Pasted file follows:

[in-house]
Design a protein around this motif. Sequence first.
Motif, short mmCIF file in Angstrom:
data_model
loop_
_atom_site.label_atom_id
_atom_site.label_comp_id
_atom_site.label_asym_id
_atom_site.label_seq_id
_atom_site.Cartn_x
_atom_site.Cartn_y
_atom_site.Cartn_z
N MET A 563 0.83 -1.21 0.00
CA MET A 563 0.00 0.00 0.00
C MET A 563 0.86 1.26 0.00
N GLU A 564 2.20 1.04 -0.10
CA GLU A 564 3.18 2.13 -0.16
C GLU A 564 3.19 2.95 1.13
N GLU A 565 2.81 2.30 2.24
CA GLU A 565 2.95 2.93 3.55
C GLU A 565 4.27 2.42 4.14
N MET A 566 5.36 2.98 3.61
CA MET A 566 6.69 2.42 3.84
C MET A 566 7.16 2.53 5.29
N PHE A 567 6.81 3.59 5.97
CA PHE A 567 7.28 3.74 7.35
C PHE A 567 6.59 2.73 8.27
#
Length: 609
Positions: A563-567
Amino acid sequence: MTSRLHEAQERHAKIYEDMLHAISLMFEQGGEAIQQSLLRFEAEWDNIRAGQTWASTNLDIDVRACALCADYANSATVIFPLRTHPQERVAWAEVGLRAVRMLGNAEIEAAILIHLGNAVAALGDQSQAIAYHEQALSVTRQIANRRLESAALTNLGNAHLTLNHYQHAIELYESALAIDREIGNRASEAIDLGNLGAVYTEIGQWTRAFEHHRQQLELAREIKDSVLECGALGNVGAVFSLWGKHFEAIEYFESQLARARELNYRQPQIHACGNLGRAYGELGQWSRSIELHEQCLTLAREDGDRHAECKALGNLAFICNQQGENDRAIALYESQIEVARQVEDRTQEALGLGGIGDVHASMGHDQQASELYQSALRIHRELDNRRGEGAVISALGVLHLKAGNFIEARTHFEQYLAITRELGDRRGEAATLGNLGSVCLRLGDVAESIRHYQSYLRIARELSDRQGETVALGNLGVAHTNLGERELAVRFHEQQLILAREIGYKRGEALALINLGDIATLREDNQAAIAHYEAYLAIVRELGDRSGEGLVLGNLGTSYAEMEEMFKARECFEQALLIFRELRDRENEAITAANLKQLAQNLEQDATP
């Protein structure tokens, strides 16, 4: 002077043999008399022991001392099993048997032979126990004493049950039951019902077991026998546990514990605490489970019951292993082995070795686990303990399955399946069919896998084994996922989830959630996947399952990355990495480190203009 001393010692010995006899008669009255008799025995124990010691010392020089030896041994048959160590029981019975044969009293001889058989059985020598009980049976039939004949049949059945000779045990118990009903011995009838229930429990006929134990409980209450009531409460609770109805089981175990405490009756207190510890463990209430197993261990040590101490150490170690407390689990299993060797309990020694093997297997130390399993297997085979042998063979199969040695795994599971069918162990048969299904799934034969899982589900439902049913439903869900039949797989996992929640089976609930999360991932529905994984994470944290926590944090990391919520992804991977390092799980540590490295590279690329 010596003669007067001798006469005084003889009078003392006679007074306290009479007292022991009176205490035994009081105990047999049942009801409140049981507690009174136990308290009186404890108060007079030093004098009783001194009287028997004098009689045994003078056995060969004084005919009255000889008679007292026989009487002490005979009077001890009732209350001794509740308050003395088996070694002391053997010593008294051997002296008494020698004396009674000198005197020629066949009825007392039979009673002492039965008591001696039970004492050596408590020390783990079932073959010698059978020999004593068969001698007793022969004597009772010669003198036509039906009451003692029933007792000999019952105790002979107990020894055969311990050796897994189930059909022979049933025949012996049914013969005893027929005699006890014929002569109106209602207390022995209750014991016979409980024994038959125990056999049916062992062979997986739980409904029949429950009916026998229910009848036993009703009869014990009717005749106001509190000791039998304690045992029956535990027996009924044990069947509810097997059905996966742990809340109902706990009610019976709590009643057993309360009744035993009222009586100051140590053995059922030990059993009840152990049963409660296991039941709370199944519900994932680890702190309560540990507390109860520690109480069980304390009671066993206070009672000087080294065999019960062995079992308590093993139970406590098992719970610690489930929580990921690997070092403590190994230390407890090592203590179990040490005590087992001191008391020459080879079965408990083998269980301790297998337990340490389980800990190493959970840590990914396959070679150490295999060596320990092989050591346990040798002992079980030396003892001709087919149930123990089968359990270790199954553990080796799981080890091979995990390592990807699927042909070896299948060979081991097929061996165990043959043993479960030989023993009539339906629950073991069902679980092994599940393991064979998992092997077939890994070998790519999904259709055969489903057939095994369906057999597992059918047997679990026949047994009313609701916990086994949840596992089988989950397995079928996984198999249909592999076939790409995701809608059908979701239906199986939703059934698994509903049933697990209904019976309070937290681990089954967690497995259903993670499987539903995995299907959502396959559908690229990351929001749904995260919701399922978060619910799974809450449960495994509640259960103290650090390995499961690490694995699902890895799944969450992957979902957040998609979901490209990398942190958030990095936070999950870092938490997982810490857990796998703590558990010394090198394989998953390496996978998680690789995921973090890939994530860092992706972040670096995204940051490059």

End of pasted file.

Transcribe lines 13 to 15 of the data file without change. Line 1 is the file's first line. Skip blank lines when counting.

N MET A 563 0.83 -1.21 0.00
CA MET A 563 0.00 0.00 0.00
C MET A 563 0.86 1.26 0.00